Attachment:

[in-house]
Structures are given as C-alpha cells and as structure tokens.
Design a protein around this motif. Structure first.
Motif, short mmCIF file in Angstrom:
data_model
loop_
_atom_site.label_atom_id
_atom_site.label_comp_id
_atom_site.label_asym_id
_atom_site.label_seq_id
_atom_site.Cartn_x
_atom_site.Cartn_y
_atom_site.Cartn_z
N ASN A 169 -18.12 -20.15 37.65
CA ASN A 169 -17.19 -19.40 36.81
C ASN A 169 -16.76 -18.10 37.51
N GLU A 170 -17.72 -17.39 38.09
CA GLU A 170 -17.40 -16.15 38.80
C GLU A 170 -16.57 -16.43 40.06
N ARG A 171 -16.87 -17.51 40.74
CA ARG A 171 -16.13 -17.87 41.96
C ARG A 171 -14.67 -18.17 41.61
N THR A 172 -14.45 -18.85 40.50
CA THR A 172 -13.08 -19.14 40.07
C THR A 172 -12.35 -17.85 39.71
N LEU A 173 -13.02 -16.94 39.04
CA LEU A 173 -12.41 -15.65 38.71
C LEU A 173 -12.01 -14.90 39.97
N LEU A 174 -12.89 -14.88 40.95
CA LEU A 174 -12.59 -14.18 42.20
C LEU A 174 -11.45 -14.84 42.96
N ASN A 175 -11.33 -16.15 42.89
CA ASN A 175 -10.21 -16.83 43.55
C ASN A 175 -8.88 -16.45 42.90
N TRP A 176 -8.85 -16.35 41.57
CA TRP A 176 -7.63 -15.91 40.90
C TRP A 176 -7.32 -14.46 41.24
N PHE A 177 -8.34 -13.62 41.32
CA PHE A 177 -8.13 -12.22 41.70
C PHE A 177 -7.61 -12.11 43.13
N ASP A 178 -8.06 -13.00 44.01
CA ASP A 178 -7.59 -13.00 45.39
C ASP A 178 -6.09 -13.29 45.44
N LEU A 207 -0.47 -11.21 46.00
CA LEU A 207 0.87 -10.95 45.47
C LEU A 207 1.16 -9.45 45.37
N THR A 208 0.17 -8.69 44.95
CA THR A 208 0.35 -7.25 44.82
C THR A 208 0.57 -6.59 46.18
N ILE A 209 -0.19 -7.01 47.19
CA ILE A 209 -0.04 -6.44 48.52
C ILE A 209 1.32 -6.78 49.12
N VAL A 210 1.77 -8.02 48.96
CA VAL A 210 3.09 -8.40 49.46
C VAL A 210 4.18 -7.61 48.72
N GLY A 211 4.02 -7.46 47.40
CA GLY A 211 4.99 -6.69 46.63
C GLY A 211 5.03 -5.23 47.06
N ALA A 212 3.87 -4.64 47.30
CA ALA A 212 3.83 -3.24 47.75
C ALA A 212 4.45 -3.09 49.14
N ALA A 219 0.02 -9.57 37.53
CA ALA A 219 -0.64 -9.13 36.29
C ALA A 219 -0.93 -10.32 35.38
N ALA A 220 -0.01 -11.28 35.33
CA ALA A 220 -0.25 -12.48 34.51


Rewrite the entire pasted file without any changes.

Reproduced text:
[in-house]
Structures are given as C-alpha cells and as structure tokens.
Design a protein around this motif. Structure first.
Motif, short mmCIF file in Angstrom:
data_model
loop_
_atom_site.label_atom_id
_atom_site.label_comp_id
_atom_site.label_asym_id
_atom_site.label_seq_id
_atom_site.Cartn_x
_atom_site.Cartn_y
_atom_site.Cartn_z
N ASN A 169 -18.12 -20.15 37.65
CA ASN A 169 -17.19 -19.40 36.81
C ASN A 169 -16.76 -18.10 37.51
N GLU A 170 -17.72 -17.39 38.09
CA GLU A 170 -17.40 -16.15 38.80
C GLU A 170 -16.57 -16.43 40.06
N ARG A 171 -16.87 -17.51 40.74
CA ARG A 171 -16.13 -17.87 41.96
C ARG A 171 -14.67 -18.17 41.61
N THR A 172 -14.45 -18.85 40.50
CA THR A 172 -13.08 -19.14 40.07
C THR A 172 -12.35 -17.85 39.71
N LEU A 173 -13.02 -16.94 39.04
CA LEU A 173 -12.41 -15.65 38.71
C LEU A 173 -12.01 -14.90 39.97
N LEU A 174 -12.89 -14.88 40.95
CA LEU A 174 -12.59 -14.18 42.20
C LEU A 174 -11.45 -14.84 42.96
N ASN A 175 -11.33 -16.15 42.89
CA ASN A 175 -10.21 -16.83 43.55
C ASN A 175 -8.88 -16.45 42.90
N TRP A 176 -8.85 -16.35 41.57
CA TRP A 176 -7.63 -15.91 40.90
C TRP A 176 -7.32 -14.46 41.24
N PHE A 177 -8.34 -13.62 41.32
CA PHE A 177 -8.13 -12.22 41.70
C PHE A 177 -7.61 -12.11 43.13
N ASP A 178 -8.06 -13.00 44.01
CA ASP A 178 -7.59 -13.00 45.39
C ASP A 178 -6.09 -13.29 45.44
N LEU A 207 -0.47 -11.21 46.00
CA LEU A 207 0.87 -10.95 45.47
C LEU A 207 1.16 -9.45 45.37
N THR A 208 0.17 -8.69 44.95
CA THR A 208 0.35 -7.25 44.82
C THR A 208 0.57 -6.59 46.18
N ILE A 209 -0.19 -7.01 47.19
CA ILE A 209 -0.04 -6.44 48.52
C ILE A 209 1.32 -6.78 49.12
N VAL A 210 1.77 -8.02 48.96
CA VAL A 210 3.09 -8.40 49.46
C VAL A 210 4.18 -7.61 48.72
N GLY A 211 4.02 -7.46 47.40
CA GLY A 211 4.99 -6.69 46.63
C GLY A 211 5.03 -5.23 47.06
N ALA A 212 3.87 -4.64 47.30
CA ALA A 212 3.83 -3.24 47.75
C ALA A 212 4.45 -3.09 49.14
N ALA A 219 0.02 -9.57 37.53
CA ALA A 219 -0.64 -9.13 36.29
C ALA A 219 -0.93 -10.32 35.38
N ALA A 220 -0.01 -11.28 35.33
CA ALA A 220 -0.25 -12.48 34.51